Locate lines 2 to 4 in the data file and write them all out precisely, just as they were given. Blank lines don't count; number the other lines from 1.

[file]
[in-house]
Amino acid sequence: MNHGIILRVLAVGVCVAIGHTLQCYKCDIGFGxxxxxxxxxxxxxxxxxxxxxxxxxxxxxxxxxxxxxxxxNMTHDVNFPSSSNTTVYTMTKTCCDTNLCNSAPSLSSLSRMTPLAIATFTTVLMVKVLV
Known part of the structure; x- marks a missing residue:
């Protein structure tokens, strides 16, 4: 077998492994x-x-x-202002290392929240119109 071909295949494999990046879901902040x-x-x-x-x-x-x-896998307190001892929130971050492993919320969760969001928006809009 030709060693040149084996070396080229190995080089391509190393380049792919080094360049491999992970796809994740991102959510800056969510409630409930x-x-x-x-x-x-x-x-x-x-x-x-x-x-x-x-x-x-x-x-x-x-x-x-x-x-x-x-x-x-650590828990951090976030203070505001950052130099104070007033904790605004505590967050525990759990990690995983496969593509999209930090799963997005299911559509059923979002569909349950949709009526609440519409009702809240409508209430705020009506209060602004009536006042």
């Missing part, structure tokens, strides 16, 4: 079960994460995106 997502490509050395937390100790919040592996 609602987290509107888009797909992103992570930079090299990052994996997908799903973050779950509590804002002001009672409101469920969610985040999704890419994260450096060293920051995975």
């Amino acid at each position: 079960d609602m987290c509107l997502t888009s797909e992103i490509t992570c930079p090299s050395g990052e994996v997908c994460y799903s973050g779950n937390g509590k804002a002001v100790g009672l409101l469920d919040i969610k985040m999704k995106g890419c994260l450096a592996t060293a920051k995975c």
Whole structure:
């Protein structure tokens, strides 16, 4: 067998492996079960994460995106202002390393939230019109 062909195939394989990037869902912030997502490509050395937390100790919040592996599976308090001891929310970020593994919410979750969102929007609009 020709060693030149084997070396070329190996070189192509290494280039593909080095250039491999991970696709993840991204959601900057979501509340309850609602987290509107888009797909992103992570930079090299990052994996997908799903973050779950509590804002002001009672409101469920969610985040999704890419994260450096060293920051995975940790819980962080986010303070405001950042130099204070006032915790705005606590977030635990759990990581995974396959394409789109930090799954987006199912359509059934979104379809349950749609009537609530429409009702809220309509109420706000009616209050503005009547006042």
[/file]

Amino acid sequence: MNHGIILRVLAVGVCVAIGHTLQCYKCDIGFGxxxxxxxxxxxxxxxxxxxxxxxxxxxxxxxxxxxxxxxxNMTHDVNFPSSSNTTVYTMTKTCCDTNLCNSAPSLSSLSRMTPLAIATFTTVLMVKVLV
Known part of the structure; x- marks a missing residue:
């Protein structure tokens, strides 16, 4: 077998492994x-x-x-202002290392929240119109 071909295949494999990046879901902040x-x-x-x-x-x-x-896998307190001892929130971050492993919320969760969001928006809009 030709060693040149084996070396080229190995080089391509190393380049792919080094360049491999992970796809994740991102959510800056969510409630409930x-x-x-x-x-x-x-x-x-x-x-x-x-x-x-x-x-x-x-x-x-x-x-x-x-x-x-x-x-x-650590828990951090976030203070505001950052130099104070007033904790605004505590967050525990759990990690995983496969593509999209930090799963997005299911559509059923979002569909349950949709009526609440519409009702809240409508209430705020009506209060602004009536006042």